The high art of limited means

Danni Zuvela



The opening sequence of Let establishes the film’s theme. A north American male voice introduces us to the characters: “There’s John from China; Tegus from Dover, England; the lovely Annabelise from Argentina; and me, your humble narrator, from Paris….Texas.” A deliberately international flavour permeates both the story and form of the film, winner of the Most Original Script and Best Tertiary Drama categories at the recent Queensland New Filmmakers Awards.

Let concerns a group of young international students who devise a cunning way of manipulating their landlady. It’s also about co-existence and its impact on moods and feelings with a New Wave look. Black and white, grainy and handheld, the film moves through its 7.5 minutes with cool music and an ironic, self-reflexive voiceover that situates it squarely in the international artfilm tradition.

Filmmakers Joel Higham, Ching-Cheng Peng and Ricardo Diaz say the look and feel of the film was largely necessitated by their production situation. The film was a Masters project—the introduction of a 16mm course at Griffith University. Using the stock supplied by the university—14 minutes of black and white reversal—they had to script, shoot and edit the film in a matter of days. Deadline-induced pragmatism meant that roles were conflated, with all 3 acting as directors, producers, gaffers and cinematographers to bring the project off in time. As Diaz says, “It’s impossible to disentangle what each person did.”

The idea for the story emerged when Ching suggested focusing on their lives as international students living in Australia and Ricardo told them about the energetic woman who ran the student complex where he lived. Let was born as a ‘Spanish Apartment-style’ story about the joys and difficulties of multicultural and multigenerational co-existence. It’s also quite a risque story with drug abuse at its centre. The filmmakers were keen to produce something with an edge, and thought, says Ricardo, “it was time to play with being a bit twisted in a politically incorrect way”

As visitors to Australia, they’ve had time to digest some of the local politics around race, migration and refugees, and the film is a cheeky response to both right wing “paranoia about migration” and earnest, but safe social justice orientations in filmmaking. The play with stereotypes of “a bunch of students from different backgrounds” was a deliberate choice, with characters like “the Asian tech freak and the sexy Latin girl.” The filmmakers, Ricardo says, strove for “a ‘ridiculisation’ of Hollywood clichés.”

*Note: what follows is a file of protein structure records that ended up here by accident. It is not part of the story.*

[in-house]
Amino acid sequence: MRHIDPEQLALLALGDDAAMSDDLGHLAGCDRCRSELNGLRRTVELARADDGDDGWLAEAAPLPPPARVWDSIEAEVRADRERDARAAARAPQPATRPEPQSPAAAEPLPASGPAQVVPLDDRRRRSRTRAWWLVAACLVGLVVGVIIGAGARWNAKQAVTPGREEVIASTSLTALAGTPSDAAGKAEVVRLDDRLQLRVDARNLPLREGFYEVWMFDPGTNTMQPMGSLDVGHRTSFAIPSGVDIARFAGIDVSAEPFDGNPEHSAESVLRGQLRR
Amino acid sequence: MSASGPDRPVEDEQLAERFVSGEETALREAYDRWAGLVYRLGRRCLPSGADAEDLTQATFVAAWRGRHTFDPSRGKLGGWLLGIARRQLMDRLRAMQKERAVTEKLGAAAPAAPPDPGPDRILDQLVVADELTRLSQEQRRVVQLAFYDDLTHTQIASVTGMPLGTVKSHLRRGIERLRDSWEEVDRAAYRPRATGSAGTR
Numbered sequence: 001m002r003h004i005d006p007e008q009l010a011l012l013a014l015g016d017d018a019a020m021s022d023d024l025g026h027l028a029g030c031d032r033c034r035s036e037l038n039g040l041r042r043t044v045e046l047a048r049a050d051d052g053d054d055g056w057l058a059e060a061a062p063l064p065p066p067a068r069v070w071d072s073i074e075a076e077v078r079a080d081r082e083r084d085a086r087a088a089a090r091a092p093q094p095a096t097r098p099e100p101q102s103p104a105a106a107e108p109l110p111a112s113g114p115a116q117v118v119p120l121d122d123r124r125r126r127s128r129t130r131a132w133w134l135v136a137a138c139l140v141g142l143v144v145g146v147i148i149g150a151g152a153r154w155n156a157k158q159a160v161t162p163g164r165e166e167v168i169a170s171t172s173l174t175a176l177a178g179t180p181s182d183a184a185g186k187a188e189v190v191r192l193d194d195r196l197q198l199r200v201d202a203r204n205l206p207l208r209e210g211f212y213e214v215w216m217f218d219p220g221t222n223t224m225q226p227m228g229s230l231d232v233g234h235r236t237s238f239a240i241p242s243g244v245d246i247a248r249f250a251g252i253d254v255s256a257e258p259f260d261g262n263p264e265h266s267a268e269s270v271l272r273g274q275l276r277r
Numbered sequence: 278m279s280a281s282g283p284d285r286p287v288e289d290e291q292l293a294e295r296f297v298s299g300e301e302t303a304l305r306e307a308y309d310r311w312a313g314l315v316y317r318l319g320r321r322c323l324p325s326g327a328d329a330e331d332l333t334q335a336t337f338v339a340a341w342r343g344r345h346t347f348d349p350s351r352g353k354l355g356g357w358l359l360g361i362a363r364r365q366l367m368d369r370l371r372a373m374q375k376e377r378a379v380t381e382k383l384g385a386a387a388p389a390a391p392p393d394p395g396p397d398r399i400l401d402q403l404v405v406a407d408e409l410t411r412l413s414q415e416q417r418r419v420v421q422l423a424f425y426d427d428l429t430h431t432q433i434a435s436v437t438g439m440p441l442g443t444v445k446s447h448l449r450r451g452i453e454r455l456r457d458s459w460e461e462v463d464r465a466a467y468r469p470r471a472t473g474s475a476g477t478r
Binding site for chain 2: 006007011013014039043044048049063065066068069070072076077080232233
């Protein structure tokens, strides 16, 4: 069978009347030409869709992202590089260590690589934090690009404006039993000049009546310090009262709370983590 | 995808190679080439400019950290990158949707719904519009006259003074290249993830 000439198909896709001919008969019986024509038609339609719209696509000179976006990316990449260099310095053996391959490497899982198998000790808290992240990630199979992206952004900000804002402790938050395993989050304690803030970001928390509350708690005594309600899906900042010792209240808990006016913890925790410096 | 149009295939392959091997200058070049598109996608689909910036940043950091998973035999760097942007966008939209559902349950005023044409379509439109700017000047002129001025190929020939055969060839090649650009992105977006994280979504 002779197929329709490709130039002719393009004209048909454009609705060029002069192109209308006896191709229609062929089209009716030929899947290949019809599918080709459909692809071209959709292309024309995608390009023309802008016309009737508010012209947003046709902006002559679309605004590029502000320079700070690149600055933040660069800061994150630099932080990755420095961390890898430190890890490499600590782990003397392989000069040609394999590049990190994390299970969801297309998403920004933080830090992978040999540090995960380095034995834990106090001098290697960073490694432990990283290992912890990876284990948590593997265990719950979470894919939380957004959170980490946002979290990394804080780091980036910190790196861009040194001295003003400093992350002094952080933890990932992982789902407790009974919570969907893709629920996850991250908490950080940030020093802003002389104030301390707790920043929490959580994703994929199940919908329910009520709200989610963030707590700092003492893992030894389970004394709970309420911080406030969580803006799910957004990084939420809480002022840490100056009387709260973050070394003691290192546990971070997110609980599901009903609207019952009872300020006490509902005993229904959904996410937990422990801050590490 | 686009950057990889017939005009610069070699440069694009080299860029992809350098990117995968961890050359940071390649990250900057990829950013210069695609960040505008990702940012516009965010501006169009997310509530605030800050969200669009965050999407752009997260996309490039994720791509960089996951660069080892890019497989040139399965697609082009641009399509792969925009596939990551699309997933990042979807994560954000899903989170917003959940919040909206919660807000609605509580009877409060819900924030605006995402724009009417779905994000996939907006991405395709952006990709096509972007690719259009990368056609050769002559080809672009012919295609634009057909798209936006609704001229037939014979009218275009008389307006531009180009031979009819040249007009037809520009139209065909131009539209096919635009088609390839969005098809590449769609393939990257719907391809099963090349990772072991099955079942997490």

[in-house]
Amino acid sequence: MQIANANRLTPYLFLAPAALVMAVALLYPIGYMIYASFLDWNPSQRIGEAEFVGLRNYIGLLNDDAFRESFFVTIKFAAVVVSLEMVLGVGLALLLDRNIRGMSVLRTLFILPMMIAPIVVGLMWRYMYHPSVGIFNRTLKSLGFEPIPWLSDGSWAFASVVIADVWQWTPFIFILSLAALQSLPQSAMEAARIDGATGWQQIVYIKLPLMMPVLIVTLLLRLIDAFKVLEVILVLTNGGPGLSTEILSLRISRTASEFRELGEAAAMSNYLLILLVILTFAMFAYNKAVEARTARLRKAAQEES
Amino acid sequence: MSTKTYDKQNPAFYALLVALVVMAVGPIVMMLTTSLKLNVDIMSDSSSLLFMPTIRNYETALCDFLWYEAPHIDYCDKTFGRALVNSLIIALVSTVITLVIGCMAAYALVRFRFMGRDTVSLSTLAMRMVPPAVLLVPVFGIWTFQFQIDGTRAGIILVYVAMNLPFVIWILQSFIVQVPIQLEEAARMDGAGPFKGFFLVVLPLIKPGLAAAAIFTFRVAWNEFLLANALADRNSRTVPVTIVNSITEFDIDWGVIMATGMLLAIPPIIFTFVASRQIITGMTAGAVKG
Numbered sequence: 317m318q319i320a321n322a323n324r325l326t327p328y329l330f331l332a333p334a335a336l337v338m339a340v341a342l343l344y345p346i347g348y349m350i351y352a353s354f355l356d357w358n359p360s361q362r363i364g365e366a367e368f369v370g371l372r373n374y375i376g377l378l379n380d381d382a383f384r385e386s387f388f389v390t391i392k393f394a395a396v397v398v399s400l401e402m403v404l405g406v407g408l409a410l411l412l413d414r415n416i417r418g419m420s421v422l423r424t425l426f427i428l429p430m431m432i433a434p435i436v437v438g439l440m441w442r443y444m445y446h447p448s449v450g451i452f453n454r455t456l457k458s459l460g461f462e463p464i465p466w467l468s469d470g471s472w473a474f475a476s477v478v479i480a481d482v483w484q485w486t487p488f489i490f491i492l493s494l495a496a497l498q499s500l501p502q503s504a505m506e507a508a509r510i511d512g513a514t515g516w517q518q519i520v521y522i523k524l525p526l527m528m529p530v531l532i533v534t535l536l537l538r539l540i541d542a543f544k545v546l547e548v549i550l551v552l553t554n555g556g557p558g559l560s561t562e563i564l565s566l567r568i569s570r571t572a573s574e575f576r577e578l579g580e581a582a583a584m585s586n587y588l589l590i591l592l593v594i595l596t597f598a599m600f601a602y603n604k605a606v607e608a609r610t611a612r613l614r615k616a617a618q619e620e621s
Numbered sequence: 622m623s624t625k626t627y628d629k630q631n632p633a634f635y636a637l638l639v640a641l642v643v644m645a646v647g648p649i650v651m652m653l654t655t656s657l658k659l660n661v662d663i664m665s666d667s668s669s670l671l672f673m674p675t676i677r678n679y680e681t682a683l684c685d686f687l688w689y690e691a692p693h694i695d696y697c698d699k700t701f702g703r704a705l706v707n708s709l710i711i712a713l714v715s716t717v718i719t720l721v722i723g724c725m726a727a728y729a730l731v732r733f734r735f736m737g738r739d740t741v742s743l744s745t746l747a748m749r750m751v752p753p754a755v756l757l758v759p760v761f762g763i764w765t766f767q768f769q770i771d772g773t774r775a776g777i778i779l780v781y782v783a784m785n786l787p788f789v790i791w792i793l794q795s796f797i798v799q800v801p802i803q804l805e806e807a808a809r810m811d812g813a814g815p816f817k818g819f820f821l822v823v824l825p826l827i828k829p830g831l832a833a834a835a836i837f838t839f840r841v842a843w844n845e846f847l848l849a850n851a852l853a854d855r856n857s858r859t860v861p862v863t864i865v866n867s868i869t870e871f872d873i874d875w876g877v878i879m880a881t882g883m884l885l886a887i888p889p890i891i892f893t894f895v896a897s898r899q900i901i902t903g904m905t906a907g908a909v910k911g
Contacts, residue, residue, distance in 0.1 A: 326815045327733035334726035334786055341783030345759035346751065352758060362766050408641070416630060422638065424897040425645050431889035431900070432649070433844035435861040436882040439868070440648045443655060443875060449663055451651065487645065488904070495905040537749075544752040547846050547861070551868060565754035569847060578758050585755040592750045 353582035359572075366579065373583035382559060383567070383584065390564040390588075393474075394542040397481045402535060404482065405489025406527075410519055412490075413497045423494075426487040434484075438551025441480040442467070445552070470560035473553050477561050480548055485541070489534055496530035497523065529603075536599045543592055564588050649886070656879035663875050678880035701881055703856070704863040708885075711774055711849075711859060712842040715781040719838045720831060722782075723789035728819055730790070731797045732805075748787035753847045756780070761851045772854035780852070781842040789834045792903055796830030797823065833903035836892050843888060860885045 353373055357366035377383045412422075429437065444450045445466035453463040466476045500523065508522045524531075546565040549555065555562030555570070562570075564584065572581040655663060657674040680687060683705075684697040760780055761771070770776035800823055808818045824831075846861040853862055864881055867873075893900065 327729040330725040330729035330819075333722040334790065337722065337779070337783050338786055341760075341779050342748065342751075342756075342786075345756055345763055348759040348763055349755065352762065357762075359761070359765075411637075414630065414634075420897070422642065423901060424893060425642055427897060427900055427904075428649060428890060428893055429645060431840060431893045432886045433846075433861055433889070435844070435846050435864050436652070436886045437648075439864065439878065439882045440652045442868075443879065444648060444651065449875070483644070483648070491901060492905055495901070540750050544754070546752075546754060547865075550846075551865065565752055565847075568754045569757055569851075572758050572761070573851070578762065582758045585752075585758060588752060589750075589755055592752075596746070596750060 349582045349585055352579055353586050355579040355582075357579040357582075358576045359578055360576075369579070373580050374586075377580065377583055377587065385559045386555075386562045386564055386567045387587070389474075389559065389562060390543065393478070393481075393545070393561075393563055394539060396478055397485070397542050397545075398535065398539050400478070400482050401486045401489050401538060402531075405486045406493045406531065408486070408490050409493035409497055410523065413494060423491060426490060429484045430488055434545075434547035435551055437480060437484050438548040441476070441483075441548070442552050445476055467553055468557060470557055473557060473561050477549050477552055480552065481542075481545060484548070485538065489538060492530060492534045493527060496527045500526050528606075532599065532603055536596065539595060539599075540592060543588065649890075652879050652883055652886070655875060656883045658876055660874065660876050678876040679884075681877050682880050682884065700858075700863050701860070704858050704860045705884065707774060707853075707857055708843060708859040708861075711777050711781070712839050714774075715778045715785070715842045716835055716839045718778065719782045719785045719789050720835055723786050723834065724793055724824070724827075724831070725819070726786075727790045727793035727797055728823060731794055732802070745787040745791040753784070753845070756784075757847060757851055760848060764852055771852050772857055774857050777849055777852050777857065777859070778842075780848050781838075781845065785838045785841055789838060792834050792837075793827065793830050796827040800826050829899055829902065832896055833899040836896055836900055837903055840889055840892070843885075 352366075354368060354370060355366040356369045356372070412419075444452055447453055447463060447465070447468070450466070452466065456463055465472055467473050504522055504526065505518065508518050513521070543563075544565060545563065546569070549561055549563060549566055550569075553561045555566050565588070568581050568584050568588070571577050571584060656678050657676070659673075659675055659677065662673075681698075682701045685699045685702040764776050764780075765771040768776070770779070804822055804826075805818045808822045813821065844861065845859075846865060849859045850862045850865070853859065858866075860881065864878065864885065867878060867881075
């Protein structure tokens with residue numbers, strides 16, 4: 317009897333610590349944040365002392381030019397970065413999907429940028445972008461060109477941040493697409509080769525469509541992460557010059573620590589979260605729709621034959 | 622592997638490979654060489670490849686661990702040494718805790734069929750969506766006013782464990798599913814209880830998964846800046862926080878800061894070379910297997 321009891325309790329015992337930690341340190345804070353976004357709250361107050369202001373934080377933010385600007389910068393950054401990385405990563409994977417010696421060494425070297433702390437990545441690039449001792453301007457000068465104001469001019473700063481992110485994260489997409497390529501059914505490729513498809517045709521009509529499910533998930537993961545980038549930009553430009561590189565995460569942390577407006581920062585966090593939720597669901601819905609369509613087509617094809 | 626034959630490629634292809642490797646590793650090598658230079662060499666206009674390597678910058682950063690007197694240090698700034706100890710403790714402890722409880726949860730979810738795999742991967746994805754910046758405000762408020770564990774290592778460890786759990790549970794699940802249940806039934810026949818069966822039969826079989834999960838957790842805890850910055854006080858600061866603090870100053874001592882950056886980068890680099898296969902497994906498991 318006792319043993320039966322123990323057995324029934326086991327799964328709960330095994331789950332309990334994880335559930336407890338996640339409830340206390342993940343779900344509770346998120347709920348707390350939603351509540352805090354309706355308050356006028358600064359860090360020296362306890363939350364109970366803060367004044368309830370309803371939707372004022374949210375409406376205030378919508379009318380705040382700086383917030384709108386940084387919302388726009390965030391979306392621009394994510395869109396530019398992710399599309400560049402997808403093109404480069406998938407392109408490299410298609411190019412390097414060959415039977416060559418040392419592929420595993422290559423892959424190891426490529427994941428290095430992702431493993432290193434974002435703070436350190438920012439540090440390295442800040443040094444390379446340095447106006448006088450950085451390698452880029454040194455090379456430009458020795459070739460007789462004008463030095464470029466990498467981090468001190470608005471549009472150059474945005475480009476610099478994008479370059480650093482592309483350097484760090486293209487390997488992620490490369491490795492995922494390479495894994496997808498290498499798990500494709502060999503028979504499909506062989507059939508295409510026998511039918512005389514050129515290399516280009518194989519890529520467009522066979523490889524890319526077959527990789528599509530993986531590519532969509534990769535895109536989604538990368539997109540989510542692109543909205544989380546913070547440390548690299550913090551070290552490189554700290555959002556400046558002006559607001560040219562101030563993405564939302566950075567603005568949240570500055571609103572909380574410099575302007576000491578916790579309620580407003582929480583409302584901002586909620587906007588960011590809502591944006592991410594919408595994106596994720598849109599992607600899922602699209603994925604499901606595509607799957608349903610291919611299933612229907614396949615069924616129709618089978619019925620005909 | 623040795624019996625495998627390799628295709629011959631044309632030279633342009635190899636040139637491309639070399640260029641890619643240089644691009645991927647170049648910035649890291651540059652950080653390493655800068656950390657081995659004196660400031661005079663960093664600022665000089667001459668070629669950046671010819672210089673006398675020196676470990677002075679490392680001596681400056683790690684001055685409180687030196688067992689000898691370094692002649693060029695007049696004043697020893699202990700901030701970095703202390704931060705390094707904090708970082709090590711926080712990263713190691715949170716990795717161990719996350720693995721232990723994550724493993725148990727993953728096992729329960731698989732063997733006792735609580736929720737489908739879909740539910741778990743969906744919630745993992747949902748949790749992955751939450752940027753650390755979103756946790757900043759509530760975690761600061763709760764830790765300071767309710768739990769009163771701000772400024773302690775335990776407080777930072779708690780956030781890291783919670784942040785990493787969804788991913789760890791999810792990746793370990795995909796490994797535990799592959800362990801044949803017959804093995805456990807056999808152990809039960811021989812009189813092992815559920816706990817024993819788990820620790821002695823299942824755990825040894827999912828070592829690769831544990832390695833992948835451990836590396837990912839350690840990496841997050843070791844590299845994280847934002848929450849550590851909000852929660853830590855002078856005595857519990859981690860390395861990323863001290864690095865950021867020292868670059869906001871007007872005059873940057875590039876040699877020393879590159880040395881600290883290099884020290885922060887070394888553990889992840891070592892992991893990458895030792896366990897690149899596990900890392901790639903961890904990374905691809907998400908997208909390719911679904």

“Being a Mexican,” says Ricardo, “I really wanted to do this for the notoriously gross portrait of my fellow countrymen by the American industry and its ingestion by…well, everybody.” Ching’s first AD work in Taiwan provided technical expertise and another perspective: “Western and Eastern, they’re 2 very different ways of thinking. The others looked at a scene in very different ways to me, and I appreciated that—I want to know their way of thinking, their ideas, so I can grow, and be a better filmmaker… we worked together very well, with our very different talents.”

Joel, originally from Canada (it’s his laconic drawl we hear on the voiceover), spent a year studying in France and got “hooked on Godard.” All are fans of arthouse cinema and the New Wave in particular, but as Ricardo explains, “Aesthetically, we were framed by our materials and circumstances, so to do it New Wave was the perfect solution.” The lack of audio equipment dictated the voiceover and the “slightly voyeuristic shots and the use of handheld camera” was further enhanced “by the slightly satiric undertone of the whole piece”, says Ricardo. For Joel, “part of the beauty of that kind of style is that it’s not perfect.”

Production, Joel recalls, “really ended up being guerilla film fare. There wasn’t enough pre-production, there wasn’t enough crew. We had to work fast and cut shots on the fly. We were working with 15 minutes of film stock on a 7 minute script, which meant no room for error, and we had about a day and a half to shoot it. But I guess you get to a point where you have to go for broke and see what happens.”

Actors were recruited from the cinematography course and when it came to finding a location, they realised “we did know a big trashed house full of students who were happy to let us film there as long as we bought pizza. That means the whole film cost about $27—the cost of 3 pizzas.” An exaggeration, Ricardo points out, as they still had to purchase mini DV tapes, but with the course covering the film and equipment hire, and music supplied by acquaintances, the whole production cost less than $100: a triumph of turning limitations into attributes.

Let’s mature accomplishment proves what other Queensland filmmakers such as the Spierigs have been saying for years now: if you have a willing and creative crew, miniscule budgets need not prevent imaginative genre filmmaking.

Let, written, directed and produced by Joel Higham, Ching-Cheng Peng and Ricardo Diaz; Queensland New Filmmakers Awards, Queensland Conservatorium, Griffith University Theatre, April 22

RealTime issue #61 June-July 2004 pg. 18

© Danni Zuvela; for permission to reproduce apply to realtime@realtimearts.net

1 June 2004